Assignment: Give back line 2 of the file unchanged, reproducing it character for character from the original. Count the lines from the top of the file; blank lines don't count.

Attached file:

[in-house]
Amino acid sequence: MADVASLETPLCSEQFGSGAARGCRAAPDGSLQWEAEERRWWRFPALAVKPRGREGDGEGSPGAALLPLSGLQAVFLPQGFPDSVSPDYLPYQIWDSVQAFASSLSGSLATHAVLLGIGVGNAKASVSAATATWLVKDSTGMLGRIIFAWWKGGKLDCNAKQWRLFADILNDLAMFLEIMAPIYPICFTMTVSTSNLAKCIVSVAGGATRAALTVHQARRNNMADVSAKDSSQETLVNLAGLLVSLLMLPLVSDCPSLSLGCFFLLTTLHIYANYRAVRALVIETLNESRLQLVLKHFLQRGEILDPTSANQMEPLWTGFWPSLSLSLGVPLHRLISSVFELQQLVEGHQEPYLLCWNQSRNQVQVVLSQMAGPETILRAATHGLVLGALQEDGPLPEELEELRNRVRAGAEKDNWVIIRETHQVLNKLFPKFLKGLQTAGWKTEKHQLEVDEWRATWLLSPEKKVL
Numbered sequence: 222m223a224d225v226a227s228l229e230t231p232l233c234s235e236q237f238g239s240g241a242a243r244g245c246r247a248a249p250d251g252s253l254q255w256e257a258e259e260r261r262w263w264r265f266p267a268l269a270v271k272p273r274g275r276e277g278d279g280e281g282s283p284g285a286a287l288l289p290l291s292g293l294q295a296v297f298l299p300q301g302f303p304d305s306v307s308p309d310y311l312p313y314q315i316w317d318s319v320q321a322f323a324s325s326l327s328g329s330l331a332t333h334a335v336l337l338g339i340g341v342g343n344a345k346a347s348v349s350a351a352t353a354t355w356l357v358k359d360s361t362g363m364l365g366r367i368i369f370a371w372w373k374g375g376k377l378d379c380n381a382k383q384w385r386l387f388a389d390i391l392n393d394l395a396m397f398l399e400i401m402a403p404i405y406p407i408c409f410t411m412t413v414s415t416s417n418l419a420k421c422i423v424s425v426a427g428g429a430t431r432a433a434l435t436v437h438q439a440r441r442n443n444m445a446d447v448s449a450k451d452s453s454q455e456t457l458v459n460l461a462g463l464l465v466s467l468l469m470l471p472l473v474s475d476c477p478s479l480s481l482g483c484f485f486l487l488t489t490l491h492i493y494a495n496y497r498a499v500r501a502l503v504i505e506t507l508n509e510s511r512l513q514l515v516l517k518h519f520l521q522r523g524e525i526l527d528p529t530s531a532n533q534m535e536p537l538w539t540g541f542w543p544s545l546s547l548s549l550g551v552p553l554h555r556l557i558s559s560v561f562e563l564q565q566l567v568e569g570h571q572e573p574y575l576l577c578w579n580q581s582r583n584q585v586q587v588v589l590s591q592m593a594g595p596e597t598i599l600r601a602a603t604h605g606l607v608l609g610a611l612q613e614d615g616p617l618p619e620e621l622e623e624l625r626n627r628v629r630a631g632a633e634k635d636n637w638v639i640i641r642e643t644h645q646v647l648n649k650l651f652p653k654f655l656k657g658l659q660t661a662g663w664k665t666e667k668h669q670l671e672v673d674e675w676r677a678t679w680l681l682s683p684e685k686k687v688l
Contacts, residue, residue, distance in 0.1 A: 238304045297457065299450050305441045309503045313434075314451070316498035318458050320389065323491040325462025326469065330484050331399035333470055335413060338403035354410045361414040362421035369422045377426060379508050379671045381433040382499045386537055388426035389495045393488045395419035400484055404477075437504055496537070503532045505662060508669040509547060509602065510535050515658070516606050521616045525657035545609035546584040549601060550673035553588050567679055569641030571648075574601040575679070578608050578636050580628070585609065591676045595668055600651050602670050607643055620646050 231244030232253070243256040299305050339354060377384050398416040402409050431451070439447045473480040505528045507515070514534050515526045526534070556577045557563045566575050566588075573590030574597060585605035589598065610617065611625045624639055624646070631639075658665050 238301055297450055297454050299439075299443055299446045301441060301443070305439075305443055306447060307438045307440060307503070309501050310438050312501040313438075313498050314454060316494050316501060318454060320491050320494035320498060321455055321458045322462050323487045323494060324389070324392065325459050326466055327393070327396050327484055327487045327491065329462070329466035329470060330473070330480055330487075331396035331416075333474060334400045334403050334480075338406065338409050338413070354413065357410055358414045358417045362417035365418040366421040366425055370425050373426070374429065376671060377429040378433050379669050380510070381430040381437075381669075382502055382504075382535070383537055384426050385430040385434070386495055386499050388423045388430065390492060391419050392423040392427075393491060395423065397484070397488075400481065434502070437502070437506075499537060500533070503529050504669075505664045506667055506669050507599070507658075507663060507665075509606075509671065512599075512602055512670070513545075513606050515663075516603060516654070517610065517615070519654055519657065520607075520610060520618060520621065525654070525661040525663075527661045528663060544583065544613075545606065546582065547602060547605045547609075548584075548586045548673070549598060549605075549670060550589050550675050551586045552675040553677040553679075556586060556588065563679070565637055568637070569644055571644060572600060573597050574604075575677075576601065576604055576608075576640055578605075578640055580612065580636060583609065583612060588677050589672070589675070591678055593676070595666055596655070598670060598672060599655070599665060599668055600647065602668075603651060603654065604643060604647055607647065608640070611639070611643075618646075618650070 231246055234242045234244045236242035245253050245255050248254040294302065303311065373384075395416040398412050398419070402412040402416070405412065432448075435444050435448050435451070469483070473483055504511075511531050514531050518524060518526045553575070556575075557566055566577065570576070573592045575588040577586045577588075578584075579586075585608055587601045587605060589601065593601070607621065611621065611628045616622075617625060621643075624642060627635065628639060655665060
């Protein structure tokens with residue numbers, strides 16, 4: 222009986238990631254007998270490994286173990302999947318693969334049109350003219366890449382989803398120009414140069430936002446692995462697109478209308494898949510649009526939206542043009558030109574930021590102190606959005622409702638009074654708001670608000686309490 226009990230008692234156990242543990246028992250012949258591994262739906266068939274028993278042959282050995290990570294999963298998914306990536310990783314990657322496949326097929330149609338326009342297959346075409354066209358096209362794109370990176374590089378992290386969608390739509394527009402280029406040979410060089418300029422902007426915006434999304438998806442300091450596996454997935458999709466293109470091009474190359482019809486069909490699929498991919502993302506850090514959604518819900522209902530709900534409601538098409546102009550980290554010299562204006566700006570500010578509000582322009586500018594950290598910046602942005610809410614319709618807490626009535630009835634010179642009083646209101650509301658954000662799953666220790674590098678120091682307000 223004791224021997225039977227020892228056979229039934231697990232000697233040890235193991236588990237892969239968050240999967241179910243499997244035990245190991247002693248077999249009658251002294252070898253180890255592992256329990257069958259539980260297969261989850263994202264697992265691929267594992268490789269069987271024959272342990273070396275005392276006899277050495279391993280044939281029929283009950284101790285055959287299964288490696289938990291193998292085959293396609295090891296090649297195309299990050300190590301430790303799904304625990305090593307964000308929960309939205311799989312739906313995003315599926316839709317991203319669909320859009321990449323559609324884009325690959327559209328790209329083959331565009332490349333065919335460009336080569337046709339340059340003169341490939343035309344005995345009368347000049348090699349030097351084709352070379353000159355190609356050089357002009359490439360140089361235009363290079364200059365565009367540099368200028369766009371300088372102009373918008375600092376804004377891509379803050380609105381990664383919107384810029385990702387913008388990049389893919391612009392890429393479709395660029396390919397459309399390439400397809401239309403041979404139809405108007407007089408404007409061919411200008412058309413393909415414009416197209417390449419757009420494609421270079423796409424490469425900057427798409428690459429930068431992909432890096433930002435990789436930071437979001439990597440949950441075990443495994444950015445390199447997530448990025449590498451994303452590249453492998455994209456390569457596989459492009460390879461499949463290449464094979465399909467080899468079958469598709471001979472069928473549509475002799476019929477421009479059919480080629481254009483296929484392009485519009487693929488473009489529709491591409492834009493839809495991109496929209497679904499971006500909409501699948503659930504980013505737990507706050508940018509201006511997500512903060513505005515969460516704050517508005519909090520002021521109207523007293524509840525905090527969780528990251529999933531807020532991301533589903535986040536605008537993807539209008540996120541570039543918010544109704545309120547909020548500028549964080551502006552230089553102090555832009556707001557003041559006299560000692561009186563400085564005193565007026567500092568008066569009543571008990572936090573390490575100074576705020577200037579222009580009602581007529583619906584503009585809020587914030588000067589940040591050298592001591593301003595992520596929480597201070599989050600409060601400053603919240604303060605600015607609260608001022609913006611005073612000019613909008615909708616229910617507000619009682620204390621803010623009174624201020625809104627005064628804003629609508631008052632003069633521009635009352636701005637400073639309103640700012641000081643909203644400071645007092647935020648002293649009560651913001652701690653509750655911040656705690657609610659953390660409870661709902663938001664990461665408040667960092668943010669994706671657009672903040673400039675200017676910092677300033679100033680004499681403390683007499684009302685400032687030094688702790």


Amino acid sequence: MADVASLETPLCSEQFGSGAARGCRAAPDGSLQWEAEERRWWRFPALAVKPRGREGDGEGSPGAALLPLSGLQAVFLPQGFPDSVSPDYLPYQIWDSVQAFASSLSGSLATHAVLLGIGVGNAKASVSAATATWLVKDSTGMLGRIIFAWWKGGKLDCNAKQWRLFADILNDLAMFLEIMAPIYPICFTMTVSTSNLAKCIVSVAGGATRAALTVHQARRNNMADVSAKDSSQETLVNLAGLLVSLLMLPLVSDCPSLSLGCFFLLTTLHIYANYRAVRALVIETLNESRLQLVLKHFLQRGEILDPTSANQMEPLWTGFWPSLSLSLGVPLHRLISSVFELQQLVEGHQEPYLLCWNQSRNQVQVVLSQMAGPETILRAATHGLVLGALQEDGPLPEELEELRNRVRAGAEKDNWVIIRETHQVLNKLFPKFLKGLQTAGWKTEKHQLEVDEWRATWLLSPEKKVL